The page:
A good book has no ending. ~R.D. Cumming
It was 2:30 am last Friday night when I finally gave up the fight for sleep. I’d been tossing for over 2 hours and sleep was evading me, and I decided to get up and make myself some hot milk and honey. I don’t usually have this dilemma, and knowing I had a weekend of report card writing ahead of me, I felt more than frustrated.
I picked up the new book my friend Verda had bought me for my birthday, called Present Perfect: Finding God in the Now (Gregory A. Boyd) and almost immediately I had to chuckle. The first heading of the first chapter was “Are You Awake?” Why yes, I happened to be exactly that!
I read the first chapter before attempting (successfully this time) to fall asleep. The next day, I got my reports done in fine form (plus had a nap), and have kept on reading. All week the book has stayed on my mind. Last night when I saw Verda, I half-jokingly told her I felt like the book was changing my life. It was the clearest evidence of God to me this week, sparking hope and contemplation. Like the above quote says, it has been living on in my thoughts.
As I read the first chapter in my 2 am insomnia, I was introduced to the idea of becoming awake to the presence of God. Actually, I can’t really say I was introduced to this idea. On this blog, I have often quoted one of my favorite lines, that “God is closer to us than our own breath.” I believe that this is true for everyone in the world, no matter what their beliefs, backgrounds or religious outlooks. Boyd, the author, writes that God is present in all places at all times, which is also what the Bible teaches. The New Testament says that “In him we live and move and have our being.” (Acts 17:28) I think the question is, how aware are we of this fact.
Throughout my life, I’ve often been introduced to spiritual disciplines such as prayer, reading scripture, and service. The disciplines are excellent practices, but I can sometimes mistakenly think they are about “feeling” a certain way. When I have a warm fuzzy glow as one of my criteria, I don’t feel very successful at them.
The author gave a very timely reminder that it’s not about “feeling” anything at all. In fact, you don’t even have to do anything at all. It’s just about becoming mindful of the fact that, at this present moment, we are “submerged in the ocean of God’s perfect love”, just as a fish is always surrounded by water.
I have to admit, this is not usually what I have going on in my consciousness! I usually have a ton of chatter going on – worries and fears and brooding resentments and a ton of hamster wheel thoughts that happen over and over again about life’s million details. My trivial, self-centered mental chatter blocks my awareness of God like a dark cloud blocks the sun. The author says that my experience is not uncommon – many of us become absorbed in the past or future, which causes us to miss the wonder of the present moment. Even though I had been awake in a very literal sense that Friday night, I realized that maybe I have spent a long time sleeping.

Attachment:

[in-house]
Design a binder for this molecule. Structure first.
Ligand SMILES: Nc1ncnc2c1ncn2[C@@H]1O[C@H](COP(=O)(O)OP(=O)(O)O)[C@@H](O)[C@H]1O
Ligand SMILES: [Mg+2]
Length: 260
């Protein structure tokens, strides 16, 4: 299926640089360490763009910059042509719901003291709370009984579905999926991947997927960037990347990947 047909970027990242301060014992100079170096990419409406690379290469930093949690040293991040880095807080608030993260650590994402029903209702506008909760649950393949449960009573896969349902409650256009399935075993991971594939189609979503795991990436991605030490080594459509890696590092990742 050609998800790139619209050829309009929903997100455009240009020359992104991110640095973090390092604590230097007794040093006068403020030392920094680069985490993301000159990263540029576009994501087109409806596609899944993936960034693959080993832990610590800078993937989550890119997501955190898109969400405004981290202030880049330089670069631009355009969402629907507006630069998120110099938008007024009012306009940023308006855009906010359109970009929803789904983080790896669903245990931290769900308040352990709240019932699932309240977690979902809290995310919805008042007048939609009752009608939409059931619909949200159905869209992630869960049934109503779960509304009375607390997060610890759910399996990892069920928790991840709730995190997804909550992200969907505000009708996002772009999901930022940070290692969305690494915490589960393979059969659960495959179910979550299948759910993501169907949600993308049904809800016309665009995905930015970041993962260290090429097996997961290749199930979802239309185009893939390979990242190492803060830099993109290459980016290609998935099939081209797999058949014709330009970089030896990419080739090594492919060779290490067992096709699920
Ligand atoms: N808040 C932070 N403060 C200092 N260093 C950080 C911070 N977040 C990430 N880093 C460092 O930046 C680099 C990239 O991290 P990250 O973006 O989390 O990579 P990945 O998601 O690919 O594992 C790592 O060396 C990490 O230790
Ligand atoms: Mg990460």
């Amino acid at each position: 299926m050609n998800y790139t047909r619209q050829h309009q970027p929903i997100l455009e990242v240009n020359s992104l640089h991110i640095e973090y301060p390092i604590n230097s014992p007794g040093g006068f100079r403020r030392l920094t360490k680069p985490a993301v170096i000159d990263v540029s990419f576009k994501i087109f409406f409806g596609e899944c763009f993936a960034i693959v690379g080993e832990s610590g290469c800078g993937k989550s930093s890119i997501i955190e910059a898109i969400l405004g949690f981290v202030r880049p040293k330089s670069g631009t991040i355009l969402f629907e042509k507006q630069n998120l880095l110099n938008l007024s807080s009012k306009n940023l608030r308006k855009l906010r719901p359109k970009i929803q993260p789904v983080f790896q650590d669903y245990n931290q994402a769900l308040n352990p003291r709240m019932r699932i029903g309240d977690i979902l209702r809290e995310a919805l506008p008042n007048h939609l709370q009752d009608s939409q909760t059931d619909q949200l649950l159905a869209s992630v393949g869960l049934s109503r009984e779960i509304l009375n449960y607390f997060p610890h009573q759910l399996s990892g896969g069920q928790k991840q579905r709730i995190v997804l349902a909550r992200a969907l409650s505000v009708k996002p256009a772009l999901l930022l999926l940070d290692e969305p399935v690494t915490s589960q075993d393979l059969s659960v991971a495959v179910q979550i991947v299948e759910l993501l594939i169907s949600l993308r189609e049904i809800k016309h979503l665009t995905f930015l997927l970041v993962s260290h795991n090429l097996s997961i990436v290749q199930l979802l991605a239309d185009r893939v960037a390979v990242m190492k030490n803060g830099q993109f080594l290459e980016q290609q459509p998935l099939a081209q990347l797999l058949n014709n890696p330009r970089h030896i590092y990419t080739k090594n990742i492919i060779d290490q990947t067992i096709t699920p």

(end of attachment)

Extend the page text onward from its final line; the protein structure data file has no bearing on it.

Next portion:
The book offers some easy ways that we can practice the awareness of God’s presence. One that has been particularly helpful for me this week is the one called Finding “Home” in Your Skin. Boyd writes about gravity. Unless we are in space like Chris Hadfield, our body is always in contact with something and is always being supported in multiple ways. Right now, my feet are supported by the floor and my body is resting on a sofa. Tonight my body will be supported by my bed.
Boyd suggests that we use this constant touch as a “little signal that God is watching over you and caring for you.” In this way, our continual contact with the world becomes a sacrament communicating that we are always at home in God’s loving presence.
I have been practicing this a lot throughout the week. No matter what I’ve been worried or anxious about, it has been a good re-orientation. Notice I don’t write that as I’ve practiced, I’ve “felt” better. Sometimes I continue to be on the hamster wheel, but this awareness has been a gift to me. It’s not a psychological trick, it’s just about getting my mind to line up with a Reality that I believe in anyways. It’s like it has been giving me hope for a bigger world.
On Tuesday and Friday mornings, Lyle and I read scripture together and pray before heading out to work and on Friday a verse jumped out at me. “In tight circumstances, I cried out to the Lord. The Lord answered me with wide-open spaces.” (Psalm 118:5) I have been so grateful this week for how this verse is always true. Tight circumstances transform into wide-open spaces when we wake up to God’s ever-present Love.
I was hesitant to write about this book as my “experience of the week” because I’m certainly no expert and probably never will be. But when I suspend judgment on how I’m doing and just rest in God’s love, I become aware of gratitude for everything, including a book that has become a friend in nudging me towards the wide open spaces.